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December 6 to 12, 2004
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Architects Are Really Poor Web Designers
I came across this link on the "sea ranch cabin":
I really like the design sense of the architects behind it, but am continually frustrated by the design of architects' Web sites. Architects typically have the least usable sites on the Internet - they're full of Flash and require way too many clicks and motions to get to the real content - which is usually obscured by fancy, obtuse navigational elements. If I'm a potential client, I want to be able to save images and content-specific URLs for future reference. I want to be able to get to past works quickly and navigate the portfolio easily. I want to know exactly what the firm has done in the past, and what their credentials and press are. I don't need or want fades, dissolves, animation, or background audio. Is this so hard? Earlier this week there was a popular link to the top usability issues of musicians' sites - which are generally just as bad for the same reasons. Architects need to put as much attention into the usability of their information as they do their physical structures:
New Tech
Handy Mac-based tools for those recording audio interviews that need transcription:
The sparkline PHP graphing library allows Web designers to convey large sets of information in a compact, useful way:
New old tech - Apple's selling refurbished Macs now, at discounts up to 1/3 off:
Modern Life
The Supreme Court will hear the case on whether P2P service providers are liable for content on their systems! This popular item is worth repeating and may change how you experience, purchase, and sell content online:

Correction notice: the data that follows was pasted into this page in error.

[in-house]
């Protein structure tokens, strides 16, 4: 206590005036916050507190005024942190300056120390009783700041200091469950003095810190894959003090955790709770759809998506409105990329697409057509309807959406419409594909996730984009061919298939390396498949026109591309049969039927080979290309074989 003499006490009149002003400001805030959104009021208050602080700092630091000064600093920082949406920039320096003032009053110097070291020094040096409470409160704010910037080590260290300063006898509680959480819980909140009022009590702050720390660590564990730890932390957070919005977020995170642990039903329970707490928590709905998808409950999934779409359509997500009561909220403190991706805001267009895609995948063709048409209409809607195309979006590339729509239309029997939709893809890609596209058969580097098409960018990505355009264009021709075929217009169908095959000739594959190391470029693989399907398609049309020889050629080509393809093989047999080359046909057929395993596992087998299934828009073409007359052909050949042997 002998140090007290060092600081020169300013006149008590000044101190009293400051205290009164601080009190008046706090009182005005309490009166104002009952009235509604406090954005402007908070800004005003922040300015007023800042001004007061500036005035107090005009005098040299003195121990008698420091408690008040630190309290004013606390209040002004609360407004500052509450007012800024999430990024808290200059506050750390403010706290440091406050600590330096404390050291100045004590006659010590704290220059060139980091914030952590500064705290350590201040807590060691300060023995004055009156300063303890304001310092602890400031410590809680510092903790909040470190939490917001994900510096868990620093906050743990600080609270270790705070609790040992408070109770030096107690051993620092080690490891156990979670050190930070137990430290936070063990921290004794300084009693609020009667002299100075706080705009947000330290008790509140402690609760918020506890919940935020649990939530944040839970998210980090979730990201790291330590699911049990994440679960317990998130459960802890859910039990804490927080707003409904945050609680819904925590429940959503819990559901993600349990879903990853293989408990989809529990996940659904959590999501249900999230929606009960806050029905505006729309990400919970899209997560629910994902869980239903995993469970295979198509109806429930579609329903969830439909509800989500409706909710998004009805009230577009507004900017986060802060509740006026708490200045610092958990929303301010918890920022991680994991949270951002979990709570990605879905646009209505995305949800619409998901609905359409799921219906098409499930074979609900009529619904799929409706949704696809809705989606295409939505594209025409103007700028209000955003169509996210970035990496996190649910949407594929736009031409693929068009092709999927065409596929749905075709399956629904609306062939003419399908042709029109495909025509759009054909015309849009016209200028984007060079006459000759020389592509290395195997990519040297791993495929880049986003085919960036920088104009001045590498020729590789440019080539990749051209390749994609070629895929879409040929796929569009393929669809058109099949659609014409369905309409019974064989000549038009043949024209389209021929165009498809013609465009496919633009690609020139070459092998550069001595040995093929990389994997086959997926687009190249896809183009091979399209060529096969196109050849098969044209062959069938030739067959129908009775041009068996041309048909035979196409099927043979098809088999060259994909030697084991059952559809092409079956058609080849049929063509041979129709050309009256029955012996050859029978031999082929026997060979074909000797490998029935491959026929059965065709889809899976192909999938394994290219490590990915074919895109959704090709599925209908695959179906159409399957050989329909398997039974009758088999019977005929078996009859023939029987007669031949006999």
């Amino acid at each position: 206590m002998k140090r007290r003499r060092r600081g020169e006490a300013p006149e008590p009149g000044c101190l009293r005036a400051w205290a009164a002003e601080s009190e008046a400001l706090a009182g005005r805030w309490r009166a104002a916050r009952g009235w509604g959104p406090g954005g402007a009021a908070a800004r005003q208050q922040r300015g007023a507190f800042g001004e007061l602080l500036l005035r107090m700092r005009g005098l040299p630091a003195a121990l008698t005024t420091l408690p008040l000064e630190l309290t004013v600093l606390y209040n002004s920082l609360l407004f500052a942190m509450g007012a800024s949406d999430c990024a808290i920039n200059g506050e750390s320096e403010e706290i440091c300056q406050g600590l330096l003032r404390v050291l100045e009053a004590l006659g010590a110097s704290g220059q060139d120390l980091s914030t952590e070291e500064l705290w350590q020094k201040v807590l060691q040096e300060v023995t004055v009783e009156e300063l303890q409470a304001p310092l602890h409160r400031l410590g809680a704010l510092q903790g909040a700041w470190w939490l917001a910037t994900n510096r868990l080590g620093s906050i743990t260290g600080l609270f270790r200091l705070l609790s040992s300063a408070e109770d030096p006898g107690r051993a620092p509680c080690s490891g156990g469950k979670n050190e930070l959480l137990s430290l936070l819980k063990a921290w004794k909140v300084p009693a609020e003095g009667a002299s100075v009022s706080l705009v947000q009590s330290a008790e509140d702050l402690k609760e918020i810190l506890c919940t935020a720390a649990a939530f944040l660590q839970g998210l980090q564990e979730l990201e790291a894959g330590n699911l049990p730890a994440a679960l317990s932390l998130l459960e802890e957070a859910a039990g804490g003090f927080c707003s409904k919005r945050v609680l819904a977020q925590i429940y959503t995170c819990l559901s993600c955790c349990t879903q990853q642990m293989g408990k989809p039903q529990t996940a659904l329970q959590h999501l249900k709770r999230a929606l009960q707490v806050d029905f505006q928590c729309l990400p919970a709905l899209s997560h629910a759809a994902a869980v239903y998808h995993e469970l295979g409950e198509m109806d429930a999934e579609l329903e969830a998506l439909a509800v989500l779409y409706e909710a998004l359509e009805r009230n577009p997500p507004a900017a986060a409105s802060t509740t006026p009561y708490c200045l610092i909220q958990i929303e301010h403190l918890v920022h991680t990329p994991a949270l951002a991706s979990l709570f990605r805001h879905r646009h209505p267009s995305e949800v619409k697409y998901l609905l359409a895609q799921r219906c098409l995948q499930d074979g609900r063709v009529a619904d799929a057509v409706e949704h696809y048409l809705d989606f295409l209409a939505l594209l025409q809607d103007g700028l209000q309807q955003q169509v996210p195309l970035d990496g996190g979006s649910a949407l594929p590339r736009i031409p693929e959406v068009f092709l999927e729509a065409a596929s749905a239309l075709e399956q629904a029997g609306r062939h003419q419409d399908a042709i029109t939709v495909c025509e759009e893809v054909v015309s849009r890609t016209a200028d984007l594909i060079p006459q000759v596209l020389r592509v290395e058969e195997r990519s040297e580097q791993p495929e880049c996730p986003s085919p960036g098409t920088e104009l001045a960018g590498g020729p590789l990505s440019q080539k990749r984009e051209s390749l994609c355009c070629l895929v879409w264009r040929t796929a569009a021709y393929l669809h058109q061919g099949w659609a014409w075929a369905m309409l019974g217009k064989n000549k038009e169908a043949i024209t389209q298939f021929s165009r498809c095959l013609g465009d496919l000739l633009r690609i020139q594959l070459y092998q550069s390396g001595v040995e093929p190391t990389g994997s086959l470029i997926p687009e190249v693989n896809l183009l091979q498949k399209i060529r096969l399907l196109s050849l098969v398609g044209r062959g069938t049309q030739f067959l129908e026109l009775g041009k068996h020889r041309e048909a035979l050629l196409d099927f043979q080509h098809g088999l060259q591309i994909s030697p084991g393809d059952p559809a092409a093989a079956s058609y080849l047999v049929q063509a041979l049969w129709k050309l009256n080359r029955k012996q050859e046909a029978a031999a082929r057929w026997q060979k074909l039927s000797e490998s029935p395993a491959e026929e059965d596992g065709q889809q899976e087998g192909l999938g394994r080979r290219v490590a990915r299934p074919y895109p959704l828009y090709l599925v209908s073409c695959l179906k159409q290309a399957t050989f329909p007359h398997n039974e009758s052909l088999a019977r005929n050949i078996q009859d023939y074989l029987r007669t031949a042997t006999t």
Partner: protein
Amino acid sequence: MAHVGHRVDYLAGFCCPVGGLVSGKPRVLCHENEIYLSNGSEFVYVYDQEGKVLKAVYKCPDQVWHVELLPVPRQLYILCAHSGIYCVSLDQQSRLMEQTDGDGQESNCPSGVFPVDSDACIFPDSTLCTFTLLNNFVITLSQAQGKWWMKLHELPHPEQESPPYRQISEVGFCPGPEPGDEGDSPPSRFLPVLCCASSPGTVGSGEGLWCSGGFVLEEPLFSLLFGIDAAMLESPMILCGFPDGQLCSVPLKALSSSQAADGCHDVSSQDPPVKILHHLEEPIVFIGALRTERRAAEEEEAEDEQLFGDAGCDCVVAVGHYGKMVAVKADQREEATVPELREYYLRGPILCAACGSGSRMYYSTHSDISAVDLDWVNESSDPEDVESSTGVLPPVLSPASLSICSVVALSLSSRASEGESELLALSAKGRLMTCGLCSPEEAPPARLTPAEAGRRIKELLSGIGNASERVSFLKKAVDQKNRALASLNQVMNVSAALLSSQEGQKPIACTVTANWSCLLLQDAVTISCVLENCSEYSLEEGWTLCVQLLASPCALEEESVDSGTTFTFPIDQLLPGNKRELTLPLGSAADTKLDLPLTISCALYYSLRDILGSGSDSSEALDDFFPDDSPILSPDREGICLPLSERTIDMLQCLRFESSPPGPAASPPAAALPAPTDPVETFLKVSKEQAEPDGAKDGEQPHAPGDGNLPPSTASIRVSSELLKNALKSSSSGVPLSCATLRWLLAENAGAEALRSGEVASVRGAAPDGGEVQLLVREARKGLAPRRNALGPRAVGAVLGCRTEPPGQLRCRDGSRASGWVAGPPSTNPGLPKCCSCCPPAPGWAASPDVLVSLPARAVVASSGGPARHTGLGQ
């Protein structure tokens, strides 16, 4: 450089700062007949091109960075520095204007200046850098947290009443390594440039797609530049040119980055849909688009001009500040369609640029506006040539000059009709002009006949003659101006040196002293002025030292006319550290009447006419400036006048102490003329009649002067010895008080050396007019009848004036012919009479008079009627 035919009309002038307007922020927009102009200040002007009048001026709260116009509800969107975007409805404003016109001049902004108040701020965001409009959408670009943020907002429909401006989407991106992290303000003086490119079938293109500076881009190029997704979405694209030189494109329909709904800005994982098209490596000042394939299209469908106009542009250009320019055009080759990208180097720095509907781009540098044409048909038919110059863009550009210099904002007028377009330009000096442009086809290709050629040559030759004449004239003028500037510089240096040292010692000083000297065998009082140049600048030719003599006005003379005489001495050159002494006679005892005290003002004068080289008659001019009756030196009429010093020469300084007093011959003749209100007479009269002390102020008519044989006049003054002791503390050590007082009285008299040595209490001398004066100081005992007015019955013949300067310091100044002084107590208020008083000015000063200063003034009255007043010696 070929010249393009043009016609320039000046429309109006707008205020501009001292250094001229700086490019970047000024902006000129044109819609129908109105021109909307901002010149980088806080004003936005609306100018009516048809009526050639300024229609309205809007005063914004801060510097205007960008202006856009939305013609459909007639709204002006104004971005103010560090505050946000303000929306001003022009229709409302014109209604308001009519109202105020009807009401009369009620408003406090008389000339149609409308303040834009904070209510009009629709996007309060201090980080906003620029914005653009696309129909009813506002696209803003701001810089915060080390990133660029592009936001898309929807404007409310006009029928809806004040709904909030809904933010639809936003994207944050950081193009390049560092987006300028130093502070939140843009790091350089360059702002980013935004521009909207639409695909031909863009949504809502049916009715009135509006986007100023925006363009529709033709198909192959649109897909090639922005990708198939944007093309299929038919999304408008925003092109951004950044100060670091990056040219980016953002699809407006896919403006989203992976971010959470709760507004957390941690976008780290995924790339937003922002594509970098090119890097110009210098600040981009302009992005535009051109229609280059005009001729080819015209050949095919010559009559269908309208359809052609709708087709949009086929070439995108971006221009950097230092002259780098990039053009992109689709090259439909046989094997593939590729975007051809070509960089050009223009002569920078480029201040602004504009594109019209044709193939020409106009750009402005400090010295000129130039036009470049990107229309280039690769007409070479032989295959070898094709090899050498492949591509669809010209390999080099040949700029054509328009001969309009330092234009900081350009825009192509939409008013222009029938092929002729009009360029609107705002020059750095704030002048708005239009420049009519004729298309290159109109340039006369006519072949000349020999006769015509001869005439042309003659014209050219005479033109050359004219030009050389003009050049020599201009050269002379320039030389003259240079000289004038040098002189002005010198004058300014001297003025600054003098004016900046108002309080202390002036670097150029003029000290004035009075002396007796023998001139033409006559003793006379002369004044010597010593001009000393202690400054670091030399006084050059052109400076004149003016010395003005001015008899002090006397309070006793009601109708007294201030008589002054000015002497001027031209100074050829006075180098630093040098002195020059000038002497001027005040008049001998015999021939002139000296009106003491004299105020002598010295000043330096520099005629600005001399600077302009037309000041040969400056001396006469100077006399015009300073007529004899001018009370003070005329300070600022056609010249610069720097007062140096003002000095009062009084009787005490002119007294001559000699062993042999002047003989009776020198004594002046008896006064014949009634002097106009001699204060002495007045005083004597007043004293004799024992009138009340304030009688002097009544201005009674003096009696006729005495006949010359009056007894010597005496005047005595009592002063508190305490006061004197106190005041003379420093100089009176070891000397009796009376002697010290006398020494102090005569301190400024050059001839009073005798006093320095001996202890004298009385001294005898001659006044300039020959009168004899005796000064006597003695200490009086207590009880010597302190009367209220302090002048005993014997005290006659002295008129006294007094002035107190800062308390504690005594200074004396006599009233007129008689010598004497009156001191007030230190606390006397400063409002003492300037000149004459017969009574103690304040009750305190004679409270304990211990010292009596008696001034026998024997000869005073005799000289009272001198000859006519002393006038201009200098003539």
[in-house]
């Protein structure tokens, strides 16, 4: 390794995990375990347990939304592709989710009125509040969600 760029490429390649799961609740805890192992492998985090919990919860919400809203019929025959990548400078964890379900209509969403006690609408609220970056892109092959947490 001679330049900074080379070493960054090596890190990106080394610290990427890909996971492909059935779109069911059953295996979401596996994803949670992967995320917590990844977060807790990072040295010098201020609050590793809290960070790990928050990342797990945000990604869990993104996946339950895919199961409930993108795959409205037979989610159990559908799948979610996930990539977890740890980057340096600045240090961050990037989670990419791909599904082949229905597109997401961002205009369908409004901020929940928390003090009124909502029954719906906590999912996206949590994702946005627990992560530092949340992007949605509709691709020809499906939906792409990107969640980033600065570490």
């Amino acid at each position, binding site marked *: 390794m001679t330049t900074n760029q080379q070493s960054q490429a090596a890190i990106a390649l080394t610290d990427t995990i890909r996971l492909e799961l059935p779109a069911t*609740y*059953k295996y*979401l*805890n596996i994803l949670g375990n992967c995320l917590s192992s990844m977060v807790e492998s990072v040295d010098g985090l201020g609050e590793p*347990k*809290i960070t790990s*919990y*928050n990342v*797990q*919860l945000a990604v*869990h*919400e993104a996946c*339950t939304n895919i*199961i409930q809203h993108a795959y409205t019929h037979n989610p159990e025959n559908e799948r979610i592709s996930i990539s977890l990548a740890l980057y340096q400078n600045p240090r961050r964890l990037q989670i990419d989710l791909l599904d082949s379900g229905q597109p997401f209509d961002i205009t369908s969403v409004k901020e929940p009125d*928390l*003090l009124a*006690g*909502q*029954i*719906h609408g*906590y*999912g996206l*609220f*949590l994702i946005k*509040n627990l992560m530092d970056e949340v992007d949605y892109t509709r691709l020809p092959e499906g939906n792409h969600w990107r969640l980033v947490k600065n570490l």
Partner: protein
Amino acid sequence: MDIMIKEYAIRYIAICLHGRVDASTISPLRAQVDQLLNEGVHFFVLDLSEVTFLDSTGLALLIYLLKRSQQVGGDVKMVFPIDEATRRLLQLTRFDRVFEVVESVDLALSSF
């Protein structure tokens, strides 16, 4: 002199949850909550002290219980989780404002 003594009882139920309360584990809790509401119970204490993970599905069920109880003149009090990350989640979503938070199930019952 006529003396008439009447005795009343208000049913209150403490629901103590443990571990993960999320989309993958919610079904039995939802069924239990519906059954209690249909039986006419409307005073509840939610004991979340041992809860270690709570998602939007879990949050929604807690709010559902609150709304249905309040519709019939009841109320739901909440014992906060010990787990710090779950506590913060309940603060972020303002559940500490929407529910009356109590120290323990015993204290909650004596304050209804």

In an area of SUV-dominated San Francisco, a car gets ticketed for being too small:
"Santa's seen it all"
Handy child psychology tips and world-weary wisdom from a 14-year store Santa veteran:
Restaurants are installing fake phone booths for use by cell phone users to minimize noise pollution:
A pioneering global study shows that U.S. kids don't rank so well in math skills:
Thanks to overcrowding and stress over Muslim immigrants, more are leaving Holland than entering:
"Film use fading like an old photo"
In 2006 more images will be printed from digital film than from traditional camera film:
A slew of cell phone tour guide companies are taking off:
A nice introduction to randomness and why it's so important to science:
Terrorism and You
John Perry Barlow's fight against Homeland Security may set a legal precedent regarding searches:
"In sworn affidavit, programmer says he developed vote-rigging prototype for Florida congressman; Congressmanís office silent":
"Democrats on the U.S. House Judiciary Committee have asked Ohio Secretary of State J. Kenneth Blackwell to answer for a host of voting irregularities they say occurred in Ohio Nov. 2.":
The Beginning of the Terminator
The military's using robots with machine guns now:
Homeless Iraq vets are showing up at shelters:
"US Army plagued by desertion and plunging morale":
Watching TV "rewires" infant brains, causing behavioral disorders:
Place a remote camera on an eagle and this is what you get. See an eagle dogfight from the eagle's point of view!
An inspiring account of an organic farmer in Marin County, CA. - this is the future of farming:
An absolutely cool higher-tech redesign of the VW bus. I think this would be a huge hit:
How to get your house off the grid:
The same author believes renewable energy could be Silicon Valley's Next Big Thing:
Here's a good resource for the enviro-conscious -
A paper vase made of recycled design magazines:
LED holiday lights - bulbs are so 2003!
An interesting essay on how anti-consumerism can actually increase consumerism:
Beijing's Watercube, which aims to be a sponge-like masterpiece of biological architecture:
Beautiful photos of all the national parks in the U.S.:
I'm intrigued by the clean design of this design magazine - it seems to be getting raves:
It's still a little early to call, but here are some pictures of the year, more worthy for their subjects than aesthetics:
The Eiffel Tower has a skating rink for the first time in 115 years:
Mark Morford details the long history of rock and roll selling out to corporate interests:
An essay on dysfunction in popular music. What did you expect from kids who were products of the highest divorce rates in history?
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